Most guitarists stick to one brand,
or even or particular instrument for most of their careers,
hence the associations tied between certain guitars and their
players. Then again as variety is the spice of life, something
a little different can be at times welcome.
With this in said I approached
the purchase of my latest guitar with an open mind. During
a recent vacation in Los Angeles I had the chance to test
several instruments in stores located within their famous
“Guitar Row” from Custom Shop Fenders, to Gibson’s both Les
Pauls and SGs.
As now seems usual it was the
first guitar I tried that I liked best. A Gibson Les Paul
Studio Plus, which I eyed as soon as I walked into the store.
Finished in Desertburst, which
is inspired by the colours of Baja from 30,000 feet, the guitar
features a carved and figured AA grade maple top whilst the
rest of the instrument is made of mahogany.
The body and neck are finished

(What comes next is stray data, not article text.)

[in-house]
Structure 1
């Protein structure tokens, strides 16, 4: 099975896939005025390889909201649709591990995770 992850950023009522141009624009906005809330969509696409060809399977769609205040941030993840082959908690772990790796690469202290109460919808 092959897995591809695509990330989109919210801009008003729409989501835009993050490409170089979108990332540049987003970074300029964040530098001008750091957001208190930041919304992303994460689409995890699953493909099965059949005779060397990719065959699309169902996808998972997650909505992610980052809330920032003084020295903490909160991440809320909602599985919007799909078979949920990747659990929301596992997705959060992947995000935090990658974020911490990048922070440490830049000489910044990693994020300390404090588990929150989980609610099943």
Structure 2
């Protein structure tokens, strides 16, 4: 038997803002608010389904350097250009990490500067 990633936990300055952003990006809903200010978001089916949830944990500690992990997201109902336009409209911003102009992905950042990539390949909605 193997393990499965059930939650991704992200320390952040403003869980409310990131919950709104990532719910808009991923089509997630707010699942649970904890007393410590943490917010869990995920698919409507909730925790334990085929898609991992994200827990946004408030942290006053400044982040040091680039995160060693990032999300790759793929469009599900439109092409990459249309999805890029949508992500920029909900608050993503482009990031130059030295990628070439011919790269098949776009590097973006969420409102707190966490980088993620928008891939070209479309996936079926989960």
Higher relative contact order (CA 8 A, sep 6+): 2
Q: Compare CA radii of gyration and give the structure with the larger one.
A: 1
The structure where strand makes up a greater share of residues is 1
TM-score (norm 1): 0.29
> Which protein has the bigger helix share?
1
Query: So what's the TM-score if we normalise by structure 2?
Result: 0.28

in black and contrast the superb top, with gold plated hardware
featuring throughout the instrument to give it that touch
The neck is a '59 Rounded Les
Paul, with a rosewood fingerboard; classic pearloid trapezoid
inlays adorn this.
After been used to playing Fender
style instruments, a Les Paul is definitely a different animal.
The first thing you notice are the lack of the body contours
and the instrument is heavier that you are accustomed to.
After a warm up though the guitar
feels comfortable and has a nice balance when played in a
standing position (unlike an SG I tested later that was neck
heavy). The neck although meatier than a Tele’s or Strat’s
is very playable and also string bending is easier with heavy
gauge strings thanks to the guitars short scale neck.
The sound coming out of the Marshall
tube stack used I used to test all the instruments is warm
and creamy and has a slight treble edge when I use the bridge
pickup. The neck pickup is warm and mellow, sort of jazzy
when clean and dark when overdriven.
The playing position itself for
the right hand is very comfortable and the stop piece is smooth
On arriving home I was please
to find out that the Les Paul also sounds great through my
solid state Marshall with a thick creamy overdriven tone full
of bottom end. Also a few weeks later after playing several
functions with the instrument it is quite comfortable to play
standing and in my opinion dismisses the myth that all Les
Paul’s are very heavy.
Modifications? None needed apart
new strings and the installation (I do this to all my guitars)
of Dunlop Straplocks to ensure the guitar doesn’t fall off!
A great guitar indeed.
By Ernest H Slade